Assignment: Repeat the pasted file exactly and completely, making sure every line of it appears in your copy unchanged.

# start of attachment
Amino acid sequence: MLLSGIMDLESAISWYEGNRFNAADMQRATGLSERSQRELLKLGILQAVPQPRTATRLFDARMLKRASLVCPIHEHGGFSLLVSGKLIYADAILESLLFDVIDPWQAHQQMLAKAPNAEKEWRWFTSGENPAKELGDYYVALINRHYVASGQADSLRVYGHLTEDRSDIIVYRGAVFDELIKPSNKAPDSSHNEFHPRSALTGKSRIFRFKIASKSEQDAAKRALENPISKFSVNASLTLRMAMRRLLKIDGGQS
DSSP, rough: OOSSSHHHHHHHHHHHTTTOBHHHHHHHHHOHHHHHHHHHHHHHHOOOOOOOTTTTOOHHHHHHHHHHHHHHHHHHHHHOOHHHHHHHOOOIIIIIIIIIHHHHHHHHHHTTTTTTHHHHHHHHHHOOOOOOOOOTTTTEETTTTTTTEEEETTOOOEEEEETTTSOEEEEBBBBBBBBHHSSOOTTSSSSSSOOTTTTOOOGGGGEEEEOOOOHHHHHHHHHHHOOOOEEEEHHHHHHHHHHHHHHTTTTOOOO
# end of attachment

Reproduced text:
Amino acid sequence: MLLSGIMDLESAISWYEGNRFNAADMQRATGLSERSQRELLKLGILQAVPQPRTATRLFDARMLKRASLVCPIHEHGGFSLLVSGKLIYADAILESLLFDVIDPWQAHQQMLAKAPNAEKEWRWFTSGENPAKELGDYYVALINRHYVASGQADSLRVYGHLTEDRSDIIVYRGAVFDELIKPSNKAPDSSHNEFHPRSALTGKSRIFRFKIASKSEQDAAKRALENPISKFSVNASLTLRMAMRRLLKIDGGQS
DSSP, rough: OOSSSHHHHHHHHHHHTTTOBHHHHHHHHHOHHHHHHHHHHHHHHOOOOOOOTTTTOOHHHHHHHHHHHHHHHHHHHHHOOHHHHHHHOOOIIIIIIIIIHHHHHHHHHHTTTTTTHHHHHHHHHHOOOOOOOOOTTTTEETTTTTTTEEEETTOOOEEEEETTTSOEEEEBBBBBBBBHHSSOOTTSSSSSSOOTTTTOOOGGGGEEEEOOOOHHHHHHHHHHHOOOOEEEEHHHHHHHHHHHHHHTTTTOOOO